One to Zero
Feral File
Apr 22 - 

One to Zero is a group show on Feral File that I co-curated with Viktor Timofeev.

The exhibition title One to Zero reverses the tech-startup concept of "zero to one," in which the entrepreneur charts a path from being financially empty-handed to monetizing the future. We all saw that big-boy bubble burst somewhere between a plague and an invasion, its soiled product narrowly missing the bin. Such a downturn is felt as a deflation in the air, the word smelling like austerity, spare means, a foul order breaking down. Rather than trying to reassemble the broken money machine, this show proposes slowing down—if not outright stopping—at the brink of a theoretical high.

To take a deflationary approach is to manifest the contradiction of making and sharing digital artwork today. One must have technical literacy and artistic sensitivity to the technology—all while attending to a growing pressure to find the money hidden inside the medium. At times the artist’s effort may consist entirely of fighting to fit the format of their chosen platform. How does the market look today? Do the individual goods add up to a meaningful whole?


Each work in One to Zero employs a mechanism—crossing symbolic, computational, and natural systems—whose jumbled output one can read, even as its viability to the money machine is unclear. Together, the works spell out an unspoken rule: that digital artforms today can and must answer to multiple callers, using means that can scarcely address their full meaning.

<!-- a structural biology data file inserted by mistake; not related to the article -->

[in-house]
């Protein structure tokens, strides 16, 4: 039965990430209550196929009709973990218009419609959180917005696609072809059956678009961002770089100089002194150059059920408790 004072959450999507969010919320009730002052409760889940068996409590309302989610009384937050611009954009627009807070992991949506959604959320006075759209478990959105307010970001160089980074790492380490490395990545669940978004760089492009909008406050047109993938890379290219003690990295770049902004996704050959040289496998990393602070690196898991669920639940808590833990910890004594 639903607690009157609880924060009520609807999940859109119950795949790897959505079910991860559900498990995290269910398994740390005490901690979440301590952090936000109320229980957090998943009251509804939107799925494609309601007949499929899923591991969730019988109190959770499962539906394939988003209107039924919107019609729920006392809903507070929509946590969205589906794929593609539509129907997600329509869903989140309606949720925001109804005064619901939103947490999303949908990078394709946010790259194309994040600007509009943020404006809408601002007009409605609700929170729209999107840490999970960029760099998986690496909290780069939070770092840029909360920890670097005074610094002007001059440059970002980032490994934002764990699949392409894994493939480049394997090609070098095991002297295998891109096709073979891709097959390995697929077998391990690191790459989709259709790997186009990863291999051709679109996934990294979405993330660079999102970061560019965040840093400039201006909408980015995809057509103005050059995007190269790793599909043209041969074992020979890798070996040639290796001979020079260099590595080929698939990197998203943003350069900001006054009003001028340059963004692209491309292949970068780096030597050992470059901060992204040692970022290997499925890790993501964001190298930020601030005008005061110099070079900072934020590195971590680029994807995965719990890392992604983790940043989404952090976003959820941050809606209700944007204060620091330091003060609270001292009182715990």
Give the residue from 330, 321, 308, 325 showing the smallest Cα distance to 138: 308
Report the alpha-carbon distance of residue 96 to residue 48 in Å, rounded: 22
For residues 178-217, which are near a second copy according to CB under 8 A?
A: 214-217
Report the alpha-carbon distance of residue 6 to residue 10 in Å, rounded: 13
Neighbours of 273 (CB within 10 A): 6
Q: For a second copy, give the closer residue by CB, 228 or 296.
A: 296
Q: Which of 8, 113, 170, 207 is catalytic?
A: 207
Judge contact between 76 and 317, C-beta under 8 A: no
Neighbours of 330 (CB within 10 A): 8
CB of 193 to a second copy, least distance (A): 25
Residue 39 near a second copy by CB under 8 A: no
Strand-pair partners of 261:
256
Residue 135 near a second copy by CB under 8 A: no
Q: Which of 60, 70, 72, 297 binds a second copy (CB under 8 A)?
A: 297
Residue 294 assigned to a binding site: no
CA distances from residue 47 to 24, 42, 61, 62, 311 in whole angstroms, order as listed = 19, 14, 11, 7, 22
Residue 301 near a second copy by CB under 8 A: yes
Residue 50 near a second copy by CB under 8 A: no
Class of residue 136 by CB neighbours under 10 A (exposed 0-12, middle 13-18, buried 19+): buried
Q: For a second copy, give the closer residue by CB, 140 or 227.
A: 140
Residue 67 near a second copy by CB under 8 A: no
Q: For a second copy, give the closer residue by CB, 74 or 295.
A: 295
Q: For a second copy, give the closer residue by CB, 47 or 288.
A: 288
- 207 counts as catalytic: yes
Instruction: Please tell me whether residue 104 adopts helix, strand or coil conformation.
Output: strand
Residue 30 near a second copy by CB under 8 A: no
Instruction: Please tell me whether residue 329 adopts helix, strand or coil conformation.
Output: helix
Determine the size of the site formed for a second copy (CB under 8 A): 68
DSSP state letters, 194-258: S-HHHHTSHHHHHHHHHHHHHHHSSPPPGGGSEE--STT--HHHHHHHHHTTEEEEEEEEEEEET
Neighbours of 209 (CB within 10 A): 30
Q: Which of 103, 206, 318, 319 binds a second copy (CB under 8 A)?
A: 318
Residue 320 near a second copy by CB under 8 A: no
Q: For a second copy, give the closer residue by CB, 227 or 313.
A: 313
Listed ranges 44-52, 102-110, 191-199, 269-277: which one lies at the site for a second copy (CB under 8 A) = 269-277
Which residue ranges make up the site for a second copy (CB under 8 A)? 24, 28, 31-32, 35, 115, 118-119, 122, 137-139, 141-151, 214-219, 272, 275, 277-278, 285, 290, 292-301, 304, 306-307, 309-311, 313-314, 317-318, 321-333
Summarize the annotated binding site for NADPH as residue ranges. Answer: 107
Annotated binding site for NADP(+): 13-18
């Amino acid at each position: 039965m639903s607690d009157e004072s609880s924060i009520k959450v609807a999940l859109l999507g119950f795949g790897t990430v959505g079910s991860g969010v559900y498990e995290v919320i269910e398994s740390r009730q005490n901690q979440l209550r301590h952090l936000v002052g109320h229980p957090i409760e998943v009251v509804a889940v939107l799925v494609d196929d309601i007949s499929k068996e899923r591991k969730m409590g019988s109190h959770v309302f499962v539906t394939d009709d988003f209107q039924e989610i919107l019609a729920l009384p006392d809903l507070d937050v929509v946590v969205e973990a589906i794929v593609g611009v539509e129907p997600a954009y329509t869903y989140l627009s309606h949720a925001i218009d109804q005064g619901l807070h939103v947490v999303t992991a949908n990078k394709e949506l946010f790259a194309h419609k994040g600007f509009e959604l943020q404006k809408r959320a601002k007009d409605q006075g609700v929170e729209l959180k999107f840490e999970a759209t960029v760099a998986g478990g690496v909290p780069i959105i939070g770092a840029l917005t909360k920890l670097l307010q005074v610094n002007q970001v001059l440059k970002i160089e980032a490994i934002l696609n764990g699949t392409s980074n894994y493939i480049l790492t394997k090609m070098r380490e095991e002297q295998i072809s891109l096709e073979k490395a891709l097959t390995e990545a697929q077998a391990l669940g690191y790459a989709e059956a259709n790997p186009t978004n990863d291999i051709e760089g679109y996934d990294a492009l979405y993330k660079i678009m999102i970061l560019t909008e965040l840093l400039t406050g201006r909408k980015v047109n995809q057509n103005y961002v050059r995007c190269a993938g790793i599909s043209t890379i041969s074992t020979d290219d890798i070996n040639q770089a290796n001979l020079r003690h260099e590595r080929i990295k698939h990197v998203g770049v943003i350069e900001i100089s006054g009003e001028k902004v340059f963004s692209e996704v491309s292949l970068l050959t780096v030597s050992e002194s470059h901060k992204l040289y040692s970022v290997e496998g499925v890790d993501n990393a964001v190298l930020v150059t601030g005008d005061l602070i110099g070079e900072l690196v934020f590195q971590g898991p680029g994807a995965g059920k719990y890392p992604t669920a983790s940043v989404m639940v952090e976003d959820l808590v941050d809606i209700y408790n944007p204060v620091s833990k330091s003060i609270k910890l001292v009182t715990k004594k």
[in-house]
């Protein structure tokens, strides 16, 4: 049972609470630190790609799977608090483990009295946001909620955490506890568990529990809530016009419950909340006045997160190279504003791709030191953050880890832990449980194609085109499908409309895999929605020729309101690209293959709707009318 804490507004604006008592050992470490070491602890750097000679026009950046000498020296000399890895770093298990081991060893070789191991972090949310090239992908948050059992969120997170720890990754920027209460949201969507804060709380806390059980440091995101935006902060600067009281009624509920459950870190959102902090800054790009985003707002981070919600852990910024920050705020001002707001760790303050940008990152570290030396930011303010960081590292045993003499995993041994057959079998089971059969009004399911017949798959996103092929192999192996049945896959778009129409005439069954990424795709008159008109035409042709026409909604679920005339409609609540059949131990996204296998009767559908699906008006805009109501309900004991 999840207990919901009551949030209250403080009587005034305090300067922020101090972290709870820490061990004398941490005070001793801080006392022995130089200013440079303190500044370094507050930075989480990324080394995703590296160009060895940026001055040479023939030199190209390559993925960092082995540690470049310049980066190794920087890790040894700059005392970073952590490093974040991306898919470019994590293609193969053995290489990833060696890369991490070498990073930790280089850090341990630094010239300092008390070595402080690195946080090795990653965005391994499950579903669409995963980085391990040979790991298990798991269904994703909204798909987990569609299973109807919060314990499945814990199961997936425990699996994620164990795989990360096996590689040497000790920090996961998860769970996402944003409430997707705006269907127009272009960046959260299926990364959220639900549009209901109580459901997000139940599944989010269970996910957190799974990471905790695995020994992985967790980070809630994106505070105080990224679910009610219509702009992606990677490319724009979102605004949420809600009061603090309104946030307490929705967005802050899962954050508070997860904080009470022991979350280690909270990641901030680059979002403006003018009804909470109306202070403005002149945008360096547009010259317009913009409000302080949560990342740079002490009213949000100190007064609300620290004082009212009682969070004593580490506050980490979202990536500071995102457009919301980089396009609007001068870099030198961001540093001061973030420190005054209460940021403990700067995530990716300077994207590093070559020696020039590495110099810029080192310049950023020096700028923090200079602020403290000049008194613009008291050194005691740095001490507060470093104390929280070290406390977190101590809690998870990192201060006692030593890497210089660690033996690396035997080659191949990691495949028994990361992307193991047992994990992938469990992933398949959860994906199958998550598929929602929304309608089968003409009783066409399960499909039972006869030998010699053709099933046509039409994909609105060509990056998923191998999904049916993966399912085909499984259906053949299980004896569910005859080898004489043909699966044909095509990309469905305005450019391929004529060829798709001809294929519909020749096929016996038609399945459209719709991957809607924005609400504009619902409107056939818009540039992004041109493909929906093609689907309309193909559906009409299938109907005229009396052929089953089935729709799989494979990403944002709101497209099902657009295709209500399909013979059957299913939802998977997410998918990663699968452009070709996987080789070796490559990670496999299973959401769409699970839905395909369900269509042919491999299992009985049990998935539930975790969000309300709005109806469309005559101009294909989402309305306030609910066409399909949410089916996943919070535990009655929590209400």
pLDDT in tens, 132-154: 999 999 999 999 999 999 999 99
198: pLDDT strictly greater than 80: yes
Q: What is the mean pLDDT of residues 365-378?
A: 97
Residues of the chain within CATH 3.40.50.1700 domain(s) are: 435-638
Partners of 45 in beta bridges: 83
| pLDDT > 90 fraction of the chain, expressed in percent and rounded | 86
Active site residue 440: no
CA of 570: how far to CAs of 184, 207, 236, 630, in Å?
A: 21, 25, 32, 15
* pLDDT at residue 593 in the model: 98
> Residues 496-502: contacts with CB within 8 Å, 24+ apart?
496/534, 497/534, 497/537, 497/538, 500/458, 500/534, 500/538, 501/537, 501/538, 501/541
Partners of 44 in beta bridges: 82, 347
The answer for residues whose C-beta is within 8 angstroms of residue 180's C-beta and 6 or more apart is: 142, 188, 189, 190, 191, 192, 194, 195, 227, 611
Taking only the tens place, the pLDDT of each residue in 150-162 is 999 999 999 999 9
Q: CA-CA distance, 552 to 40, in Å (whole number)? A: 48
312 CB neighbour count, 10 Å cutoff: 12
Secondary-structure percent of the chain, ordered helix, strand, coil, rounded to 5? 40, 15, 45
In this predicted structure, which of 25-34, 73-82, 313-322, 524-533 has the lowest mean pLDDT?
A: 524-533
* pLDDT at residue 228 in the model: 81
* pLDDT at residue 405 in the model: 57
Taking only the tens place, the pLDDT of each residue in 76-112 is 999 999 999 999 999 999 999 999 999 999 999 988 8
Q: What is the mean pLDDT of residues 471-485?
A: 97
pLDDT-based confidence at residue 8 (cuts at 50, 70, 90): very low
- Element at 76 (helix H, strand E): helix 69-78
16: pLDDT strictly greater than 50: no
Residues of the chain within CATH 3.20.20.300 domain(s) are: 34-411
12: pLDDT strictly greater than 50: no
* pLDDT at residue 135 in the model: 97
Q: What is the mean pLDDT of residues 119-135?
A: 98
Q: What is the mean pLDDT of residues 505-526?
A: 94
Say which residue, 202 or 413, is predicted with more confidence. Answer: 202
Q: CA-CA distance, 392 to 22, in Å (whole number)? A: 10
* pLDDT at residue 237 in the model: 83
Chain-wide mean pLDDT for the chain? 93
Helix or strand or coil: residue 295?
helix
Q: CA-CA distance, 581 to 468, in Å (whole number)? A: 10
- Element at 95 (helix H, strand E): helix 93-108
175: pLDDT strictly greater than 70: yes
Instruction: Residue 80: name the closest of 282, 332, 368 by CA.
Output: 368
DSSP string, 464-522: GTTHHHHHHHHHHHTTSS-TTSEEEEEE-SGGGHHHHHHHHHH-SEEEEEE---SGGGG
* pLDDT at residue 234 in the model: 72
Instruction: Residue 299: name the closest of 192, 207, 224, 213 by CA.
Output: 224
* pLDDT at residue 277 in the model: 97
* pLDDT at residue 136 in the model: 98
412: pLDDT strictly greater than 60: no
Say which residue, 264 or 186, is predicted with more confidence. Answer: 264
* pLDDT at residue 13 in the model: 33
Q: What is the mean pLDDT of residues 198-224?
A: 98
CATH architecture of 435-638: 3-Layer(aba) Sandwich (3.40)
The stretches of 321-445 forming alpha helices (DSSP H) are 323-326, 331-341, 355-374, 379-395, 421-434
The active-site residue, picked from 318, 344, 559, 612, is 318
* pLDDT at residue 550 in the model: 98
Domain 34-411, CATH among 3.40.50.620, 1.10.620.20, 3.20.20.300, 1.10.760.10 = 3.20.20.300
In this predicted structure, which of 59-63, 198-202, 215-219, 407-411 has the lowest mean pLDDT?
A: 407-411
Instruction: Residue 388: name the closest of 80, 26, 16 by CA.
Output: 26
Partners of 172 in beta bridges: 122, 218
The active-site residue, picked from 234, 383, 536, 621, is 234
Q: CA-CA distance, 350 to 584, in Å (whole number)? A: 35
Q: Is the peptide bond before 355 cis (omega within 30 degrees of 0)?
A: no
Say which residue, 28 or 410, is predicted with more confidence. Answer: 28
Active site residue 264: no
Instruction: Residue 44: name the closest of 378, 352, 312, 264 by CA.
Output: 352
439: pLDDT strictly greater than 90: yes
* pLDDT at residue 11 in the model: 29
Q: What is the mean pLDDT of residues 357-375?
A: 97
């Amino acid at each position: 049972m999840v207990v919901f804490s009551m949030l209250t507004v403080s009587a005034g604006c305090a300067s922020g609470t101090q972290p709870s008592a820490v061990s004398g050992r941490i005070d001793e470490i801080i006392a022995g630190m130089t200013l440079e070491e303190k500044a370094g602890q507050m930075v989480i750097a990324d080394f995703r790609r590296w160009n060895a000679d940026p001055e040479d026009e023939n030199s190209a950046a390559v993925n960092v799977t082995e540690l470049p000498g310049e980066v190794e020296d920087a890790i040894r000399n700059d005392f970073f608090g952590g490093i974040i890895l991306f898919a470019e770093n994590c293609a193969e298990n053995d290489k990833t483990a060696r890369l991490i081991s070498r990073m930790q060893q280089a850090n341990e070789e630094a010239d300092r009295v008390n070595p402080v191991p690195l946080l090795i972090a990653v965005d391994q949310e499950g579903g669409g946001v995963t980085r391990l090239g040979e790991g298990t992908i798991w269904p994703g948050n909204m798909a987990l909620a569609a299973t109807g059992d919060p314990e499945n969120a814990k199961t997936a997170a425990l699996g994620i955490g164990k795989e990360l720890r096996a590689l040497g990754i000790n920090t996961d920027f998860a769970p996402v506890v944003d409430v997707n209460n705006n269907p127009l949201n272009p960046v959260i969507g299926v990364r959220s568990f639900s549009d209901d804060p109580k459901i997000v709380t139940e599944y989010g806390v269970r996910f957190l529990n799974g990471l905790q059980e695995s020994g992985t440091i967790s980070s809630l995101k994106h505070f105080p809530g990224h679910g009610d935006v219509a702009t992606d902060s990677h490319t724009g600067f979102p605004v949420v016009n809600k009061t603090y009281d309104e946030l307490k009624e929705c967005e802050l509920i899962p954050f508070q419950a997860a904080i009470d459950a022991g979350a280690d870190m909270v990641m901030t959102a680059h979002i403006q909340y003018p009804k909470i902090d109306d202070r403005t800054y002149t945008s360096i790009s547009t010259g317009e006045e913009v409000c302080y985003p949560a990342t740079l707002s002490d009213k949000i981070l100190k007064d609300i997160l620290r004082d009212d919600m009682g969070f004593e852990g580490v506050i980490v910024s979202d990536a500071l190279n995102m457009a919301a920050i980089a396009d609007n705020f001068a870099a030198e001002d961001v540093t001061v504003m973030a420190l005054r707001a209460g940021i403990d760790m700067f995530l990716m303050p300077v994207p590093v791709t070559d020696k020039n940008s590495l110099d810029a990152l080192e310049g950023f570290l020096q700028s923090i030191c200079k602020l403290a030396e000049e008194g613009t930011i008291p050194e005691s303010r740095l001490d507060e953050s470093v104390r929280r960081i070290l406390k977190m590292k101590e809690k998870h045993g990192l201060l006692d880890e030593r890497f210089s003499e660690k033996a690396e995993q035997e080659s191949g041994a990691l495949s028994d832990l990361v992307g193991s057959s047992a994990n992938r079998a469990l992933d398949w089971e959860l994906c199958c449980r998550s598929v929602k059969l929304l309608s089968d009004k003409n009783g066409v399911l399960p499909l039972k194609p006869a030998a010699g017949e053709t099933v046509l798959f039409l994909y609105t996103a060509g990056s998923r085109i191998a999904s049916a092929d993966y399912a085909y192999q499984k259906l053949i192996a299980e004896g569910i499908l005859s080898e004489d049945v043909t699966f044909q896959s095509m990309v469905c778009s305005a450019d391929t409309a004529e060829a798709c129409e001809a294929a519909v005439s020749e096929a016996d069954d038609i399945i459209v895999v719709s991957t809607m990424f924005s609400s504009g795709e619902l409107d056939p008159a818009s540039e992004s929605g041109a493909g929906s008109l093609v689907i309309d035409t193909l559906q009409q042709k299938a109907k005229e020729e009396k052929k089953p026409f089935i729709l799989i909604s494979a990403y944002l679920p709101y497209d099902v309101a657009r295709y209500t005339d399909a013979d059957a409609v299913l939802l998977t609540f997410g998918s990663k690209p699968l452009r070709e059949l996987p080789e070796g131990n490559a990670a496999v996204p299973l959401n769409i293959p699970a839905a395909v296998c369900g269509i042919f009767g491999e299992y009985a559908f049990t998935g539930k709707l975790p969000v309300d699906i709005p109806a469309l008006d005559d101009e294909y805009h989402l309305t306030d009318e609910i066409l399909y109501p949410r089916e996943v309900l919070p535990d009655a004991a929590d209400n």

Featuring 26 editions of work by Laura Brown, Mira Dayal, Ryan Kuo, Dirk Paesmans, Adriana Ramić, Laurel Schwulst and Sydney Shen, Viktor TImofeev, and Damon Zucconi.

My contribution to the show is Downtime, a browser-based piece with a strong emphasis on audio.


Real Milk publication

My collaboration with Veronica Graham, who runs the art and design studio Most Ancient, is released today.

Real Milk is an experimental comic inspired by real-life “smart” dairy farms where cows milk themselves and produce better milk because they set their own schedules. The book is screenprinted on Dura-Lar and acrylic and digital offset printed on vellum, making it translucent from front to back.

Real Milk debuts tonight at SF Art Book Fair. It will also be present at Printed Matter’s LA Art Book Fair 2023, and is available at the Most Ancient shop.


Programmable Life

The final piece of the Puzzle commission is this interview on M+ Magazine with the co-curators, Kerry Doran and Kate Gu.

Doran: Language, (mis)translation, and (mis)understanding are central to Puzzle. How did conversations from your life inform the dialogue in the work?

Kuo: Many of the dialogues are (mis)quoted directly from memory, but others only ever happened in my mind. All were written from a bilingual mindset, with valuable help from Zhong Yuling, the editor at M+. For me, each dialogue is already broken, as I lost fluency in my mother tongue very early on. Like many immigrants, my family and I communicate across more than one language. This is why the displayed text is a combination of Chinese and English, no matter which language is selected.